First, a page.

PROACTIVE COPING, RESOURCE MANAGEMENT AND PLANNING: IMPLICATIONS FOR WELL- BEING AND THE PROMOTION OF HEALTH
 
Greenglass, E.R., York University, Canada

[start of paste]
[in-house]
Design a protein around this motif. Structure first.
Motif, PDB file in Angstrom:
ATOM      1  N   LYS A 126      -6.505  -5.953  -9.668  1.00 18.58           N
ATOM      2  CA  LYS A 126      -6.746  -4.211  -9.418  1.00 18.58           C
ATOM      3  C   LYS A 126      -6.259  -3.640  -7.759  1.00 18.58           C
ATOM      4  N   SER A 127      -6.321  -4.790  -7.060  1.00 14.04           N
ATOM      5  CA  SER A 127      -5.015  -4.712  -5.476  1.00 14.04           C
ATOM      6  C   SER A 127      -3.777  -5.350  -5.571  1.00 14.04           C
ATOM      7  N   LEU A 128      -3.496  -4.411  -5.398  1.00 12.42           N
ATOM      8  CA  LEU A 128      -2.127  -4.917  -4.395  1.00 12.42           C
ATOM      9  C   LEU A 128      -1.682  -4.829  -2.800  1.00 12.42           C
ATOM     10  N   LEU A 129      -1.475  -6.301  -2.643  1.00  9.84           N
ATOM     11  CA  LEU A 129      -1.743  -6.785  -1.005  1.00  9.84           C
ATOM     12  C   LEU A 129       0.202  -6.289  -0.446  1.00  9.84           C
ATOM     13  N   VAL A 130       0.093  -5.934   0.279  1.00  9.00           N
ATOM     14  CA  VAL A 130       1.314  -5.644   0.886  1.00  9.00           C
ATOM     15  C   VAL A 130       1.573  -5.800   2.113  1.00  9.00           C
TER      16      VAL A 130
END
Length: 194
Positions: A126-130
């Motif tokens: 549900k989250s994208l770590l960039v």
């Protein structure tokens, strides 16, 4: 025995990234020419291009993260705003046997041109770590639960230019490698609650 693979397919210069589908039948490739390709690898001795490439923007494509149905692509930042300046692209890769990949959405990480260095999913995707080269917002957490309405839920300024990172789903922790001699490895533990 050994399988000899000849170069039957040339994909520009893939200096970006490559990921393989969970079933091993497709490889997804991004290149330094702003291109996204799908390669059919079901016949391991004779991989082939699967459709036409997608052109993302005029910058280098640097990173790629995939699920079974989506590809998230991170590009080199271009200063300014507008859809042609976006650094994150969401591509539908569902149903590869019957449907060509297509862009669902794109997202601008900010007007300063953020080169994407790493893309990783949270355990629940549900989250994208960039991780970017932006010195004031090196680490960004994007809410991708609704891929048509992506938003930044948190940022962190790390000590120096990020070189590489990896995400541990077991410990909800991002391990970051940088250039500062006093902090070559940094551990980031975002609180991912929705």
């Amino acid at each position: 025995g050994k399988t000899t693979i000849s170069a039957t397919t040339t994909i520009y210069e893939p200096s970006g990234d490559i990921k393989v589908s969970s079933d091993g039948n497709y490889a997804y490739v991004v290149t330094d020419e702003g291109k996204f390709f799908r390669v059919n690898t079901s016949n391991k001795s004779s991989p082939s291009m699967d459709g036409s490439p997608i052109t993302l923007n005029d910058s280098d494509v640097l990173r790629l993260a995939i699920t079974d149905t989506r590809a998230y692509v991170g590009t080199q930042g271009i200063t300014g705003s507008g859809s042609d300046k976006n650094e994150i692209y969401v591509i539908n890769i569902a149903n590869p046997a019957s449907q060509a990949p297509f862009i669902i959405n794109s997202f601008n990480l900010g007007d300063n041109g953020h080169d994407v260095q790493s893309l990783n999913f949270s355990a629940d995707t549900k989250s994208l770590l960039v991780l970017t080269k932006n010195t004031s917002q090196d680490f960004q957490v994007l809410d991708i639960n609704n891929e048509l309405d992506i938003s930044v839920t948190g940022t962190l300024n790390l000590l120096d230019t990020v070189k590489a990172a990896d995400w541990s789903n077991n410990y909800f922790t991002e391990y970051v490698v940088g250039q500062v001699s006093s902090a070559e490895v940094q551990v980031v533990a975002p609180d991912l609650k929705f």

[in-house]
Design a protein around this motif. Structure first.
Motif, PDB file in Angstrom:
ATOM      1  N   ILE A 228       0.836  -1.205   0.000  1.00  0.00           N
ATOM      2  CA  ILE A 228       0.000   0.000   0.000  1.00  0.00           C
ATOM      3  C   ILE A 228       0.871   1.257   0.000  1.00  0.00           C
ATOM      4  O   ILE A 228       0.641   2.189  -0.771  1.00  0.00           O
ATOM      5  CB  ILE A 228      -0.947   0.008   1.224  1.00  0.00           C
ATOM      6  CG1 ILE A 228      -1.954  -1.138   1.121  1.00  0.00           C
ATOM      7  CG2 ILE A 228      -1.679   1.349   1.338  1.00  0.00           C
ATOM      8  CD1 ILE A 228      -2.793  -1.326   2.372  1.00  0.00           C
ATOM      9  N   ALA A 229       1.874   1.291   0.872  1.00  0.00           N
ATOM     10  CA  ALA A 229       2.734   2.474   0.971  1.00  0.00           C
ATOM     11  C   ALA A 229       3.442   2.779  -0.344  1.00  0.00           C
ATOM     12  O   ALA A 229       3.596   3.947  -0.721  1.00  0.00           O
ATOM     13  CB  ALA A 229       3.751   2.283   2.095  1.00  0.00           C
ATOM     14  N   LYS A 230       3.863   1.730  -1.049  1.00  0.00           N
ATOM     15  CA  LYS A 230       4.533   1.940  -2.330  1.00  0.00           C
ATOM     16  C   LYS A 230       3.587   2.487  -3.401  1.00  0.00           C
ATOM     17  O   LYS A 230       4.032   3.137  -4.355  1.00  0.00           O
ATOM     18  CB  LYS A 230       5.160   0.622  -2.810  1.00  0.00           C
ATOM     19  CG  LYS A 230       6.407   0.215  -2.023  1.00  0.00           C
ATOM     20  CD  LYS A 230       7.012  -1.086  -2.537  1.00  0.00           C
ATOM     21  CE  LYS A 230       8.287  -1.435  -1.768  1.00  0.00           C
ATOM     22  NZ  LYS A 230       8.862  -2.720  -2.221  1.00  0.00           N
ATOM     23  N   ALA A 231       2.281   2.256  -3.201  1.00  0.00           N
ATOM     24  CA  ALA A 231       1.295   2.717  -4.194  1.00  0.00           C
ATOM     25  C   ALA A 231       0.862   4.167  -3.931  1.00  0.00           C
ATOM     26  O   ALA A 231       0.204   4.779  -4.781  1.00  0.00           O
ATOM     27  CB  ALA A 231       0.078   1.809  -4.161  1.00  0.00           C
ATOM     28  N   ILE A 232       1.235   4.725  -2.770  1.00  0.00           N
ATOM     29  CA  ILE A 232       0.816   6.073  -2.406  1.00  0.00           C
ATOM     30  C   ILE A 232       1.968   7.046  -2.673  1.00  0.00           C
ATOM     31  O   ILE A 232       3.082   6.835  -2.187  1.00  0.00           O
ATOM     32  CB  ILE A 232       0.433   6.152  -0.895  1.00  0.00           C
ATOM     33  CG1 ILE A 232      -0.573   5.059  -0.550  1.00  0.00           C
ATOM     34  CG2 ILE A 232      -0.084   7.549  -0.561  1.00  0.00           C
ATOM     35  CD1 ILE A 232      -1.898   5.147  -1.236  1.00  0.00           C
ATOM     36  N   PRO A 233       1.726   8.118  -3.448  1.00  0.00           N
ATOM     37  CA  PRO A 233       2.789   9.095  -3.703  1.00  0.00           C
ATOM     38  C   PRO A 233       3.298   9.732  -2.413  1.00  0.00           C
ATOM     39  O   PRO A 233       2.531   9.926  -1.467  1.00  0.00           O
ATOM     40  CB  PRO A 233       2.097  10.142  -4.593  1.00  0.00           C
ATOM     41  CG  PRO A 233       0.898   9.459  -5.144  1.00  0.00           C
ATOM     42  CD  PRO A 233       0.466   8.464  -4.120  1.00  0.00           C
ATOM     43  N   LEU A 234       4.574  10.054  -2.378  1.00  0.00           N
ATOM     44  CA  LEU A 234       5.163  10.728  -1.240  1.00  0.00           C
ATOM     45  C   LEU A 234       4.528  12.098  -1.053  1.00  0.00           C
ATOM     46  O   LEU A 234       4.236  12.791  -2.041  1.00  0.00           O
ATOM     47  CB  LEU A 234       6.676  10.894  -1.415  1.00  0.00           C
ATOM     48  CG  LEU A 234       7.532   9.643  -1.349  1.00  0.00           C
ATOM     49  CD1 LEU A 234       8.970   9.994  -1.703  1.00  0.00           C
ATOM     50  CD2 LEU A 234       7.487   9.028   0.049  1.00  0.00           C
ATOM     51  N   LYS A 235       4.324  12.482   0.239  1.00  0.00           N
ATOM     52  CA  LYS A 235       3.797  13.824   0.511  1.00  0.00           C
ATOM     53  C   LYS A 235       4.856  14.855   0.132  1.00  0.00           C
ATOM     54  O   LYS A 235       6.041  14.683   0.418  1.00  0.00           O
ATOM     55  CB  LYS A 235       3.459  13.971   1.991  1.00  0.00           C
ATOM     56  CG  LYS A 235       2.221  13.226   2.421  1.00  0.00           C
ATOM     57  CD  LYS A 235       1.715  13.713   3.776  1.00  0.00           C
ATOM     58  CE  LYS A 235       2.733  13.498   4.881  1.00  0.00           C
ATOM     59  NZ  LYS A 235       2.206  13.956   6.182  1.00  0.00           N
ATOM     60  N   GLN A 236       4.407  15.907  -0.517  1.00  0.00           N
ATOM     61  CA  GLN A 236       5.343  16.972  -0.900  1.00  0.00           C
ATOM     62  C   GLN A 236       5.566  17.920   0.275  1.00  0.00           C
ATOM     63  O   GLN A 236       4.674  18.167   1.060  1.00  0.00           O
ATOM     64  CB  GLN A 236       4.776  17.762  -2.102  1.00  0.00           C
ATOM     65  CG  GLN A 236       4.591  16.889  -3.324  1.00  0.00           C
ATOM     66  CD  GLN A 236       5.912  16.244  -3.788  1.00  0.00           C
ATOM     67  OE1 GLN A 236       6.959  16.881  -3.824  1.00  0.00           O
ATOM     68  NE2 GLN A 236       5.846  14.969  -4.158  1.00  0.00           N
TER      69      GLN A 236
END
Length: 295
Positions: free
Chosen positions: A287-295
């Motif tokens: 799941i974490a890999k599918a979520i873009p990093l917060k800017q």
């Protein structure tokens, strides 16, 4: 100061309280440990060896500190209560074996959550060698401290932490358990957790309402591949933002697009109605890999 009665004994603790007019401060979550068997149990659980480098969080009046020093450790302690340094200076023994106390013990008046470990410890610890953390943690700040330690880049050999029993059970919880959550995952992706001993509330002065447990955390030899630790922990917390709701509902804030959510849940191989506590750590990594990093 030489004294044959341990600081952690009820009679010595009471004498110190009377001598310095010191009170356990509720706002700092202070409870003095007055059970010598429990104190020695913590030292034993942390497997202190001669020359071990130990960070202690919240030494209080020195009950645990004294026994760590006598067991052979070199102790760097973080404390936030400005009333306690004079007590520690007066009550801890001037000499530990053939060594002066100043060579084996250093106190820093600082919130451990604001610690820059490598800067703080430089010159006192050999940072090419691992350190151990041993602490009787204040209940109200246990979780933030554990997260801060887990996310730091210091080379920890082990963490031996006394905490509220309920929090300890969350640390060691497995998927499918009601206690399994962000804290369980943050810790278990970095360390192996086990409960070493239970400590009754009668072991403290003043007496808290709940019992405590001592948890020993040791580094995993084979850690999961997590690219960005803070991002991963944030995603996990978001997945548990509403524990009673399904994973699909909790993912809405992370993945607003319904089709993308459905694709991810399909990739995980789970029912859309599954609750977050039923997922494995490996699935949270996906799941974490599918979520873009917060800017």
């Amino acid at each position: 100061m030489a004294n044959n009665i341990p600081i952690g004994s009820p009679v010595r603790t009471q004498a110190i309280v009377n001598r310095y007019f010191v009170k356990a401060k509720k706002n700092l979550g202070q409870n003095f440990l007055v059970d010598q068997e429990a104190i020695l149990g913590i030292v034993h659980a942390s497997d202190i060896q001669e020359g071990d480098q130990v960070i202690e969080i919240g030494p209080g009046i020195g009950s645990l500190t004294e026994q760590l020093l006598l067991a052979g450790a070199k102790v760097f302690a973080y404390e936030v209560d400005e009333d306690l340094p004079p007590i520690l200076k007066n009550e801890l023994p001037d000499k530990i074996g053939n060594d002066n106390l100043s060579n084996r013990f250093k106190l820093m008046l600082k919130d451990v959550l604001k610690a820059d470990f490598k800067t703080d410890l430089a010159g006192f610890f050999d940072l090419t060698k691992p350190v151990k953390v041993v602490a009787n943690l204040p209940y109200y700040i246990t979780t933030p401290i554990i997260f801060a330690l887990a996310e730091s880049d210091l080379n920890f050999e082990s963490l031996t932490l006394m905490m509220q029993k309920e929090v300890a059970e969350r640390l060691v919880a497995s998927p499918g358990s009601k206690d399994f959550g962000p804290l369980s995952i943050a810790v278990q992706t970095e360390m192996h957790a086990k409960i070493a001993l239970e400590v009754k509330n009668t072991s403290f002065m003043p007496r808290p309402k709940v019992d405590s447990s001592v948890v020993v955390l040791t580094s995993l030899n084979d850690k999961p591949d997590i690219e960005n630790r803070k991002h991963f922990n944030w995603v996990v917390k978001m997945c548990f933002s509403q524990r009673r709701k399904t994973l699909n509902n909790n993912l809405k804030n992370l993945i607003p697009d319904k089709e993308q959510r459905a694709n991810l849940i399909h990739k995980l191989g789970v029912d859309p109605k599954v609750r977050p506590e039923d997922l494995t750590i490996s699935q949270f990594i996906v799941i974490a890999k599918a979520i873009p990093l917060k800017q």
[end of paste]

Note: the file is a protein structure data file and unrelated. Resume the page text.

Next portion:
Research suggests that effective coping with daily stressors necessitates a multidimensional approach. While in the past, coping was seen mainly as reactive, more recently coping is being seen as something one can do before stress occurs. A proactive approach to coping is multidimensional and oriented more towards the future. Proactive coping consists of efforts to build up general resources that facilitate promotion of challenging goals and personal growth. The Proactive Coping Inventory (PCI) consists of 6 subscales that assess various aspects of a proactive approach to problems. The Proactive Coping Scale combines autonomous goal setting with self- regulatory goal attainment cognitions and behavior. The Reflective Coping Scale describes contemplation about a variety of behavioral alternatives by comparing their imagined effectiveness, and includes brainstorming and generating hypothetical plans of action. Instrumental Support Seeking, another PCI subscale, focuses on obtaining advice, information and feedback from people when dealing with stressors. Using structural equation modeling, Reflective coping in students leads to positive reframing, which in turn results in greater acceptance and lower depression. Additional findings show that Instrumental support seeking leads to reports of more advice and guidance that, in turn, results in an increase in functional ability in the elderly. Additionally, proactive coping increases feelings of professional efficacy in a sample of employed adults and this leads to greater job satisfaction. Proactive coping also contributes to greater life satisfaction. Taken together, the PCI with its subscales appears to be a promising instrument for measuring those factors that contribute to increased well-being.